This is the Christian dynamic, not that life is easy here. Friends, if you came to church, you say, “Ah, I want to be a Christian because believe Jesus, very good, he “保佑，保佑我” [bǎo yòu bǎo yòu wǒ] he, he, he, he protects me from every harm and danger. My life will be smooth, it will be a bed of roses.” I say, “Sorry, you sign up for the wrong thing.”
I'm telling you, according to the Bible, “When you follow Jesus, you will have sufferings in this present time, in this lifetime.” But if you really follow Jesus, you will realize, you will believe, it is all worth it because , “All these sufferings are not worth comparing with the glory that is to be revealed to us.” [Romans 8:18] And that understanding, that conviction comes when we’ jiak liu lian’ [eat durian in Hokkien dialect] every time.
When we ask, “Uncle, please open a bit?” When we open the Bible, oh! you taste a bit, “Wah! Nice! Nice!” Can lah, can suffer a bit. It's okay. So every time you go to the Bible, in the power of the Spirit, you … you see the glorious Christ, it fills you with hope, it enables you to go through life, hard as it may be. And that's what is stunning to a watching world.
The world thinks that Christians are those who are wrapped in bubble wrap by God. You know bubble wrap, right? Pop, pop, pop, pop, my kids like to pop, pop, pop, pop, pop. It's as if God wants to protect you, shield you from every harm and nature. Let me tell you Christianity is when a child of God, child of God, like Job is exposed to temptations, he goes through hardships but he still says at the end of it all, “God gives and God has taken away, blessed be the name of the Lord. Because I have hope and I know that my Redeemer lives.”
That’s what's stunning to a watching world! And when we have such a hope, it powers our discipleship to Jesus. Like as in what John himself would say, “When we, when He appears, we shall be like Him.” [1 John 3:2-3] Wow! Have you thought about that? We shall be like Jesus! I mean that's crazy! But that's what it is because we shall see Him as He is. How is He? The Glorious One in the Mount of Transfiguration. “ And every one who thus hopes in Him purifies himself, as He is pure.”
It's that vision of the glorious Christ when He comes again that should spur us to live holy; pure; righteous lives. And I think it is also this hope of glory that inspires us to be faithful, “steadfast, immovable, always abounding in the work of the Lord.” [1 Corinthians 15:58] It is appropriate to think like that because 1st Corinthians 15 is about the resurrection of Christ.
So Paul ends there by saying, “Therefore because Christ reigns, because Christ is risen, because Christ wins, because Christ is the glorious One, therefore be steadfast, immovable, always abounding in the work of the Lord.”
It was Warren Wiersbe who said - Easter, the resurrected Christ, not the dying Christ, not the dead Christ, not the rotting Christ, not the decomposed Christ, but the resurrected Christ, the glorious One, that truth turns a church from the museum into a ministry. That's what inspires us to live and to serve Him.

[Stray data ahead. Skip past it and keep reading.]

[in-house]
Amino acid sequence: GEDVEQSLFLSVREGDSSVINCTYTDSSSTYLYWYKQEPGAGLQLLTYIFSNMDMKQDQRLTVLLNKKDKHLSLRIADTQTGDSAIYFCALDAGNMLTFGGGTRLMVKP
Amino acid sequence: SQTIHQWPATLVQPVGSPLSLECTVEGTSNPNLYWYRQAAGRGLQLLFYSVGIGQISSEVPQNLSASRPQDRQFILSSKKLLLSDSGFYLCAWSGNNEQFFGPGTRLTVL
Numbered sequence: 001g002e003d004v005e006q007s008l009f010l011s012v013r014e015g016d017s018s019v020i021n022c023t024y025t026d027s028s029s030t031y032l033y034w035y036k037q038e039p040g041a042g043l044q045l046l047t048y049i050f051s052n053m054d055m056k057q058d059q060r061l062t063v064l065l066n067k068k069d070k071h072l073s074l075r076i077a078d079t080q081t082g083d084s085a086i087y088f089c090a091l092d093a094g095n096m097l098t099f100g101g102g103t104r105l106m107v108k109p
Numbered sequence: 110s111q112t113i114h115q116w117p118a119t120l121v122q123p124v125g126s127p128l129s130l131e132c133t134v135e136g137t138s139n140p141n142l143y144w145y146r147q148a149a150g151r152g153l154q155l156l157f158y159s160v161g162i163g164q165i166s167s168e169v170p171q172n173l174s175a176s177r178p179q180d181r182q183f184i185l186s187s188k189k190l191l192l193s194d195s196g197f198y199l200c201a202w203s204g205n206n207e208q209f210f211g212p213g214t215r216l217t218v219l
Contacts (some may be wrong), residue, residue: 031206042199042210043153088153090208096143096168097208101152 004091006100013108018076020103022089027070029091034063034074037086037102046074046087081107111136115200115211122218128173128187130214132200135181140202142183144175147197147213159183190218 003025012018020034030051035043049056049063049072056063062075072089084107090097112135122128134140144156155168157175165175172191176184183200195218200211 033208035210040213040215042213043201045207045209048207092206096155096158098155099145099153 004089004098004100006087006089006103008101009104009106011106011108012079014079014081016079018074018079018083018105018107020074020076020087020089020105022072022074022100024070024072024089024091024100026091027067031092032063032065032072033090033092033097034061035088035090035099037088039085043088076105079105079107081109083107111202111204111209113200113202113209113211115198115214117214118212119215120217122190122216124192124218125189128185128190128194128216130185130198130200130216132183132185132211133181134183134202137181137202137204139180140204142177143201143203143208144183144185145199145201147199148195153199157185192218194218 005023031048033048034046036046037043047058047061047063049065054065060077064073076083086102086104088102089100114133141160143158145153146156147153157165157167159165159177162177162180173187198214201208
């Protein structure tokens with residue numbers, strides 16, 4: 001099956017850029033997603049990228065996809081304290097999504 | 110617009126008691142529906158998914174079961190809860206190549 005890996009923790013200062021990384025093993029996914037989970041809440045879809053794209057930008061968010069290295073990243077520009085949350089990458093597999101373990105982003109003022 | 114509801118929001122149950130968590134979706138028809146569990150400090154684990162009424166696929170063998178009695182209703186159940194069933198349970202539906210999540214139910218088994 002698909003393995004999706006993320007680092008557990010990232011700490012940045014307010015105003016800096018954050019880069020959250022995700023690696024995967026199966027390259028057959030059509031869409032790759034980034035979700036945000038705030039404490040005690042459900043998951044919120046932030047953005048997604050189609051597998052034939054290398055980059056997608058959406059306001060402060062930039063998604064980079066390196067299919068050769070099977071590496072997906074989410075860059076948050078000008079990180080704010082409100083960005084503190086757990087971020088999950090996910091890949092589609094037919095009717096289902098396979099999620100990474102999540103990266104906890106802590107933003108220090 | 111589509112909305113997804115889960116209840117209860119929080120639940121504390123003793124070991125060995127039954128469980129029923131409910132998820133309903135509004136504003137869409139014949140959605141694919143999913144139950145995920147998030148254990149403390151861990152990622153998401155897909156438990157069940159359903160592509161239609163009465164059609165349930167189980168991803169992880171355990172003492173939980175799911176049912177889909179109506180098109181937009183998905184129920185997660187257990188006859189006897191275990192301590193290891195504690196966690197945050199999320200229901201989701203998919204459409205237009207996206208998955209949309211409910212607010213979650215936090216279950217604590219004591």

It was interesting that during our elders get together yesterday, we thought about it and, and there was a … the observation that perhaps we don't really mention too much about the second coming of Christ. That's why I love preaching through the Bible, the balance is all there in Scripture. From last week's difficult dying to self, there is a needful, necessary look at the glory of Jesus Christ, that we today may live with that great abounding hope that will stun a watching world.
Run to the Scriptures, folks! Today, you are going through hardships, turn to Christ. No need to go Bukit Timah Hill takes 20, 25 minutes. Open your Bible, ask God, “Show us Christ.” And let that fuel you for effective discipleship to Jesus.
Let's bow for a word of prayer together. Life is hard, but Jesus wins. So easy for us to be trapped in our own darkness and dejections. But perhaps in the darkness of your situation, let us pray that God would shine glorious hope in your heart. Not because we know that God is always going to turn every immediate circumstance the way we want but because we know Jesus wins and Jesus will return. That is what we need!
Everything will be okay in the end and if it is not okay, it's not the end. Be patient; be faithful; be watching; be serving. May the hope that God wants to fill your heart with, inspire you to discipleship to Christ.
Some of you today are not Christians, you are not believers. You do not understand what this all means, but I want to say to you, “Hell is real because we are sinful and God is holy.” And hell is hell because there is absolutely no hope there. But I want to tell you, “Today, there is hope. Today, you may be rescued still.”
And so I say to you, “The Bible promises that whosoever repents and believes in Jesus will not perish but have everlasting life.” I want to invite you right here, right now to turn your hearts to God. To repent of your sin and to believe in Jesus and His finished work on the cross. You don't have to go to hell, you don't have to because Jesus paid it all. And if you're willing to repent and believe, you can be saved.
So Father this morning, we are thankful for Your Word, a simple message but I pray it will be a life-changing one. Even as we live in a broken; sinful; dark world, may the bright vision of Jesus Your Son empower us to effective discipleship. Save souls even this morning, friends and guests will not just come to church but they will really come to Christ. Grant repentance and faith, O God. So bless each one here. Show us Christ. Show us Christ. We thank You and pray all this in Jesus’ Name. Amen!